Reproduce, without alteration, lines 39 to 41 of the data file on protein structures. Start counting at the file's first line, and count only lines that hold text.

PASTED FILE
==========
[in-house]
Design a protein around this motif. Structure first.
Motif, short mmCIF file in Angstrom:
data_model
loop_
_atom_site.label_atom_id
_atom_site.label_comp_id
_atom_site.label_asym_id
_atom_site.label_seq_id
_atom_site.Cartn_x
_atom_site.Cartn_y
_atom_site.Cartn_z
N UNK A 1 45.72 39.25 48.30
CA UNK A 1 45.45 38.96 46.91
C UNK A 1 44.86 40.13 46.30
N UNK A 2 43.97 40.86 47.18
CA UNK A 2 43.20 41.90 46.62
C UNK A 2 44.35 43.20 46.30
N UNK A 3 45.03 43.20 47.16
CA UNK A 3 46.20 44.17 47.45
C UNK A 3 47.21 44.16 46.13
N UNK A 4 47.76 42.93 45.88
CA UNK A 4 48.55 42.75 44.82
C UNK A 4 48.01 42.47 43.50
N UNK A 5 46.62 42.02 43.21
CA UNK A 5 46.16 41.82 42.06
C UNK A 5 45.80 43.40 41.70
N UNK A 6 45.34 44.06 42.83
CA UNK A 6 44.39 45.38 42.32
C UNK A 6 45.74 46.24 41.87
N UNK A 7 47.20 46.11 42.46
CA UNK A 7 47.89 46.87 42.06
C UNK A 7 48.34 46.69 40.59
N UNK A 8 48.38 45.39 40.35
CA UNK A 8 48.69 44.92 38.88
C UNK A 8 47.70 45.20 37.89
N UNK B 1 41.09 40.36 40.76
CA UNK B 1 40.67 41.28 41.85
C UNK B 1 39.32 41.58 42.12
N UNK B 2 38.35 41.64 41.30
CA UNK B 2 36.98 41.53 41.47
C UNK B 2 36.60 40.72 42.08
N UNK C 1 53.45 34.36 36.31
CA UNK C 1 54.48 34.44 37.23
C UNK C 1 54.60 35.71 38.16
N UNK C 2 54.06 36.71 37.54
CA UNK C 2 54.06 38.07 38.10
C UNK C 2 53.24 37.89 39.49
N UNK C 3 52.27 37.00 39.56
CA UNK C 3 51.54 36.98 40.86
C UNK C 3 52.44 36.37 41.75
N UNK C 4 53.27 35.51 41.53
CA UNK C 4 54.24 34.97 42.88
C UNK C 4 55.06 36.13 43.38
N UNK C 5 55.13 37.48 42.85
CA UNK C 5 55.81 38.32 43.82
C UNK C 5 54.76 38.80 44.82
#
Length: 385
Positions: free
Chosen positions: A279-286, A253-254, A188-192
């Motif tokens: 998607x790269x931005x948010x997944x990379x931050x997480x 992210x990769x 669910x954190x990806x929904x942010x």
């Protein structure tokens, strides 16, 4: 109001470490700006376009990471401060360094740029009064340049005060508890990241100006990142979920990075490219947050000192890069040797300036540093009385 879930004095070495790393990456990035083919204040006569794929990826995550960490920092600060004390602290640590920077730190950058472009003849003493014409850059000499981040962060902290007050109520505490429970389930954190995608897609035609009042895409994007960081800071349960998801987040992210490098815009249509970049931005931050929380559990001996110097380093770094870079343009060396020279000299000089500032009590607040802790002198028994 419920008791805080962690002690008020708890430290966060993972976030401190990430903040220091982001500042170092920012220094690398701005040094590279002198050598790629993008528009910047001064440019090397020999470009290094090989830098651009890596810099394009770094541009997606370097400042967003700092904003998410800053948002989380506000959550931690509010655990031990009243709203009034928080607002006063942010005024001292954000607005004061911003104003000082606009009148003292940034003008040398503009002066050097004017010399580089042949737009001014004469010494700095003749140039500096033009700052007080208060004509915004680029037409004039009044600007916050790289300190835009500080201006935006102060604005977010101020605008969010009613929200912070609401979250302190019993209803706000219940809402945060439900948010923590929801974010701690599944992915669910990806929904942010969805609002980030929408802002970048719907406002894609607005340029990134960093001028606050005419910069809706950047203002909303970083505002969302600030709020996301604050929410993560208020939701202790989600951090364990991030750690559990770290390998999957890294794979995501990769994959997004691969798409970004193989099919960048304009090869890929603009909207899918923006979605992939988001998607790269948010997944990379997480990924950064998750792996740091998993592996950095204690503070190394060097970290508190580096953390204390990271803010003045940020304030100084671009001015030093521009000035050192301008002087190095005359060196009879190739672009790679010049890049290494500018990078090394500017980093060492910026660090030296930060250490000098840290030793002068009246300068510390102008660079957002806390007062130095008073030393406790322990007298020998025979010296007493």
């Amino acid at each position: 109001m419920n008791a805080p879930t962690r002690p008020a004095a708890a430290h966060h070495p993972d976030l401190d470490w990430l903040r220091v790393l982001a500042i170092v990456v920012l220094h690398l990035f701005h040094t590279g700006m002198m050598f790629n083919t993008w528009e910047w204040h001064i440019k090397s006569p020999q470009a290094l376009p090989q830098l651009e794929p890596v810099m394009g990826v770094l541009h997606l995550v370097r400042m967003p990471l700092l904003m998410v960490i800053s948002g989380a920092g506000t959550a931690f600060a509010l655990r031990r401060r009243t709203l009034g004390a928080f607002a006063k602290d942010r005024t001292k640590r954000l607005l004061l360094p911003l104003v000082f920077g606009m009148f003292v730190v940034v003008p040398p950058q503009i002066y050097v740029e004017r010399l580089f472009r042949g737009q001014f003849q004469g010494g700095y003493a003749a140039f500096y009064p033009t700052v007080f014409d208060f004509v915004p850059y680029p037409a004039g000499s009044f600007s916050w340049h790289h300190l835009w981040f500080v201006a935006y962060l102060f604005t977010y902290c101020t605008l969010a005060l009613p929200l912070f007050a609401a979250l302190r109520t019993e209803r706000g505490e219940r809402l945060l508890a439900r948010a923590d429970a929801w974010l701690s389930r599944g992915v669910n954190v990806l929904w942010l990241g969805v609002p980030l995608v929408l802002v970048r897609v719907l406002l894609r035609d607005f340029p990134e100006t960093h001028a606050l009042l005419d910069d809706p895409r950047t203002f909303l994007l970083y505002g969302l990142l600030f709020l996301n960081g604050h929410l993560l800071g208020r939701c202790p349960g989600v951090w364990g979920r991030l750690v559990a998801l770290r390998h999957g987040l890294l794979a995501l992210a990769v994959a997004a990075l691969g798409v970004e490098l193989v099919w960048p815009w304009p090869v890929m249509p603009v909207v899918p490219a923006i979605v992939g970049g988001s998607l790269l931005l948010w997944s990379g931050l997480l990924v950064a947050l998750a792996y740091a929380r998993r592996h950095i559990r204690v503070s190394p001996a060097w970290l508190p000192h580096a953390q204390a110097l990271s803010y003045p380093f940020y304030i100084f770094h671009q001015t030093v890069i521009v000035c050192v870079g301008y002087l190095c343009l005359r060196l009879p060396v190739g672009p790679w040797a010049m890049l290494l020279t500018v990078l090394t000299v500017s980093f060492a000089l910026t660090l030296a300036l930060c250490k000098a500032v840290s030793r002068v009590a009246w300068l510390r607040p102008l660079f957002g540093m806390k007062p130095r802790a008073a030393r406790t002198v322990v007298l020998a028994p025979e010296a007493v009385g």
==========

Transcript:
C UNK B 1 39.32 41.58 42.12
N UNK B 2 38.35 41.64 41.30
CA UNK B 2 36.98 41.53 41.47